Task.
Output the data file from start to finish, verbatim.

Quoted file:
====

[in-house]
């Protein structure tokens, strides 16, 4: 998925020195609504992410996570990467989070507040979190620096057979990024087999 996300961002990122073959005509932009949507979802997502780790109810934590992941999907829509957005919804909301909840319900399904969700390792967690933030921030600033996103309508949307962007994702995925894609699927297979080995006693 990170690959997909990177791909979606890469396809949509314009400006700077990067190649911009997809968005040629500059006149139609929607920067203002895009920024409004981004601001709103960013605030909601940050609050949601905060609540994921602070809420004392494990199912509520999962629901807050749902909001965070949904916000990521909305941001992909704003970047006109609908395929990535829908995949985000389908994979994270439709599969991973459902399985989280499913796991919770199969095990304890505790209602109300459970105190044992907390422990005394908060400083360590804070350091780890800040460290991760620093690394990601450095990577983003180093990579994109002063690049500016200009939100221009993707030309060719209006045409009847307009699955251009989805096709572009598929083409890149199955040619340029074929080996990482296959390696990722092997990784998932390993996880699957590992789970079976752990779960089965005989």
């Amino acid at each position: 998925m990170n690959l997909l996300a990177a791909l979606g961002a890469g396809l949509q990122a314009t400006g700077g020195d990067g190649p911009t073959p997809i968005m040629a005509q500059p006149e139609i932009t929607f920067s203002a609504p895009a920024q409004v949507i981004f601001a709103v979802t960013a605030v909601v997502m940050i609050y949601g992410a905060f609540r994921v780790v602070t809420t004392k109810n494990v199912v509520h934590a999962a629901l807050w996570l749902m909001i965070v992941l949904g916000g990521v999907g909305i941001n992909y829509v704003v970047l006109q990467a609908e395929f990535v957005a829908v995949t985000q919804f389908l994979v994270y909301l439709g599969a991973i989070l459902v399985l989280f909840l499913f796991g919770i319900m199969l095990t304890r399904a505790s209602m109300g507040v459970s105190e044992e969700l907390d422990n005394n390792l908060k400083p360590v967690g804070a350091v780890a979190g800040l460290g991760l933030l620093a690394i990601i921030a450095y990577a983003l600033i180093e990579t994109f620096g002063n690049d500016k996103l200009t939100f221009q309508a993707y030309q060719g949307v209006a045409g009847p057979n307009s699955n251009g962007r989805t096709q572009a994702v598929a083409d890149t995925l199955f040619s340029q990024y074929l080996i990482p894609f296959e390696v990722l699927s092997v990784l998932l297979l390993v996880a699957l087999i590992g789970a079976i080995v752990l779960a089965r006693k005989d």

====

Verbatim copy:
[in-house]
């Protein structure tokens, strides 16, 4: 998925020195609504992410996570990467989070507040979190620096057979990024087999 996300961002990122073959005509932009949507979802997502780790109810934590992941999907829509957005919804909301909840319900399904969700390792967690933030921030600033996103309508949307962007994702995925894609699927297979080995006693 990170690959997909990177791909979606890469396809949509314009400006700077990067190649911009997809968005040629500059006149139609929607920067203002895009920024409004981004601001709103960013605030909601940050609050949601905060609540994921602070809420004392494990199912509520999962629901807050749902909001965070949904916000990521909305941001992909704003970047006109609908395929990535829908995949985000389908994979994270439709599969991973459902399985989280499913796991919770199969095990304890505790209602109300459970105190044992907390422990005394908060400083360590804070350091780890800040460290991760620093690394990601450095990577983003180093990579994109002063690049500016200009939100221009993707030309060719209006045409009847307009699955251009989805096709572009598929083409890149199955040619340029074929080996990482296959390696990722092997990784998932390993996880699957590992789970079976752990779960089965005989």
């Amino acid at each position: 998925m990170n690959l997909l996300a990177a791909l979606g961002a890469g396809l949509q990122a314009t400006g700077g020195d990067g190649p911009t073959p997809i968005m040629a005509q500059p006149e139609i932009t929607f920067s203002a609504p895009a920024q409004v949507i981004f601001a709103v979802t960013a605030v909601v997502m940050i609050y949601g992410a905060f609540r994921v780790v602070t809420t004392k109810n494990v199912v509520h934590a999962a629901l807050w996570l749902m909001i965070v992941l949904g916000g990521v999907g909305i941001n992909y829509v704003v970047l006109q990467a609908e395929f990535v957005a829908v995949t985000q919804f389908l994979v994270y909301l439709g599969a991973i989070l459902v399985l989280f909840l499913f796991g919770i319900m199969l095990t304890r399904a505790s209602m109300g507040v459970s105190e044992e969700l907390d422990n005394n390792l908060k400083p360590v967690g804070a350091v780890a979190g800040l460290g991760l933030l620093a690394i990601i921030a450095y990577a983003l600033i180093e990579t994109f620096g002063n690049d500016k996103l200009t939100f221009q309508a993707y030309q060719g949307v209006a045409g009847p057979n307009s699955n251009g962007r989805t096709q572009a994702v598929a083409d890149t995925l199955f040619s340029q990024y074929l080996i990482p894609f296959e390696v990722l699927s092997v990784l998932l297979l390993v996880a699957l087999i590992g789970a079976i080995v752990l779960a089965r006693k005989d």